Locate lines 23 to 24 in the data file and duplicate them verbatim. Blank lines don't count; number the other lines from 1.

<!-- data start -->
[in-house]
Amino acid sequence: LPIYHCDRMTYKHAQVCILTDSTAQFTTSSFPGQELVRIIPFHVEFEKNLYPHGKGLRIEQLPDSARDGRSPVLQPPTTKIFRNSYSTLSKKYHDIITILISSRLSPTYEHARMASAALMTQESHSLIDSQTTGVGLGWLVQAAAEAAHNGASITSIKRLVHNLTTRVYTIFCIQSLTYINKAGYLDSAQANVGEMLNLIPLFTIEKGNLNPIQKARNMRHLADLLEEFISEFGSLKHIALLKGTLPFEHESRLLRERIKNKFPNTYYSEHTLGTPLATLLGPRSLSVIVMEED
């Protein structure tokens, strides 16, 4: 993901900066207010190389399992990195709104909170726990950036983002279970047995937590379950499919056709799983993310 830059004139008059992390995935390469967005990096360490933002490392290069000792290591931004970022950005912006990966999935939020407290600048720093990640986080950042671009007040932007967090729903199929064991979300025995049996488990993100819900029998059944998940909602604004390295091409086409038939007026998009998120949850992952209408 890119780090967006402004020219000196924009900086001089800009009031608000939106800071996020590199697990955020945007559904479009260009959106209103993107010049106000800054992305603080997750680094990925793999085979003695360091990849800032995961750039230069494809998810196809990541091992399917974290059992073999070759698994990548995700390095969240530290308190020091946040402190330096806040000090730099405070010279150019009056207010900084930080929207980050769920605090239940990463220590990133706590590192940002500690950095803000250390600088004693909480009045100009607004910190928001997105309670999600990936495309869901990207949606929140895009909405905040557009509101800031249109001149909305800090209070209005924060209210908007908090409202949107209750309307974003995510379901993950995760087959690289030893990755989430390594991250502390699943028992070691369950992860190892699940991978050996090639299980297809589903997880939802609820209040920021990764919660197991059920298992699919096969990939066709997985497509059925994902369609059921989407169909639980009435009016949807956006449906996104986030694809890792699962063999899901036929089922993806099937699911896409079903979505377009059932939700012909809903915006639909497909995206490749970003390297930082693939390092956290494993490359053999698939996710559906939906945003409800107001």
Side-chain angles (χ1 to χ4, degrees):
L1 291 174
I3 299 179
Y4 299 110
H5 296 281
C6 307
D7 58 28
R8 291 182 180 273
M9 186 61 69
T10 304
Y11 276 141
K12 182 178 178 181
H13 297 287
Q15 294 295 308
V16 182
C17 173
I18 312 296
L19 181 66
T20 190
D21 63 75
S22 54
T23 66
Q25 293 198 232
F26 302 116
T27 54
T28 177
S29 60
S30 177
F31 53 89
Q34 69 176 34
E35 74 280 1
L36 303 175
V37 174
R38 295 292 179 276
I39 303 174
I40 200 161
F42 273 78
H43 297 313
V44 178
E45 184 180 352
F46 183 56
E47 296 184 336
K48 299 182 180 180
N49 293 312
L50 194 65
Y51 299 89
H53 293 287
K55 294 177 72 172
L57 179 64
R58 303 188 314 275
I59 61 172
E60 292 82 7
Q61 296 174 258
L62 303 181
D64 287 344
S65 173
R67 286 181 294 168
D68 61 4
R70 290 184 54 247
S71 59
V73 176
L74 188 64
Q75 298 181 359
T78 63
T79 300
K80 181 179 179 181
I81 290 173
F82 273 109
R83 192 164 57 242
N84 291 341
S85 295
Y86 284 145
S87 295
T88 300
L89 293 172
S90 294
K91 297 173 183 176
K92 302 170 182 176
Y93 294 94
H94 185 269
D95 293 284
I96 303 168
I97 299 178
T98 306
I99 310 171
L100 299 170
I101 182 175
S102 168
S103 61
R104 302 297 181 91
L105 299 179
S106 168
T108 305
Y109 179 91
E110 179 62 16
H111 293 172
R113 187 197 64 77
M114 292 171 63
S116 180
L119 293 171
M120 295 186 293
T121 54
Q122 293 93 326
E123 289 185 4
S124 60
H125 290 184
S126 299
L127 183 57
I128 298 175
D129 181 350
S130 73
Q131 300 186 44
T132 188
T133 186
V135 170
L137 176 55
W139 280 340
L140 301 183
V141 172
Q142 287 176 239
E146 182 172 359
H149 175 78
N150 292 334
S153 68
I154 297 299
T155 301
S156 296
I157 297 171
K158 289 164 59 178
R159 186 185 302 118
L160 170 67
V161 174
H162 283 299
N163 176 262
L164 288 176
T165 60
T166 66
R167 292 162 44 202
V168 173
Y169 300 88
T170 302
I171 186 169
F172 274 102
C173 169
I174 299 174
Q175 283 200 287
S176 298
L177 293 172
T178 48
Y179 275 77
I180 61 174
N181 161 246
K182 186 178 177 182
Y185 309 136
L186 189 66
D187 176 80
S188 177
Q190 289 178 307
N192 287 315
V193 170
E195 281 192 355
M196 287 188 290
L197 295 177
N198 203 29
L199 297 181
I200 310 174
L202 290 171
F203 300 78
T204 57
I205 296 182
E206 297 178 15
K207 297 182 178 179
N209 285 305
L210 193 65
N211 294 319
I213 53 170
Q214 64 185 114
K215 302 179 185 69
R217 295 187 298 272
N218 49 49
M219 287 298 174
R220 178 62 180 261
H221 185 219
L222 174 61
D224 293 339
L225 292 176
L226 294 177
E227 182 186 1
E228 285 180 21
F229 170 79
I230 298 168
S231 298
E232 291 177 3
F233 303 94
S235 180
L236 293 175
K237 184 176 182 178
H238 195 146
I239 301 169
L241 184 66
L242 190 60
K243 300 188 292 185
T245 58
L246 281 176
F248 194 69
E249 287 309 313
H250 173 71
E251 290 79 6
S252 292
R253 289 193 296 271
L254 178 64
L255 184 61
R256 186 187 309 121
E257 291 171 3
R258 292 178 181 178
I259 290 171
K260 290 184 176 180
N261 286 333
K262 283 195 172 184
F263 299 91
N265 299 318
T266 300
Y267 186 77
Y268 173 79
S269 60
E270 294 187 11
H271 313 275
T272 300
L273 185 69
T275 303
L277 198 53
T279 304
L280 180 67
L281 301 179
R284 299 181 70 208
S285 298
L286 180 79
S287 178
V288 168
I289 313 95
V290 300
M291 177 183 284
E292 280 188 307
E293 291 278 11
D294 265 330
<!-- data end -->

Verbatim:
D21 63 75
S22 54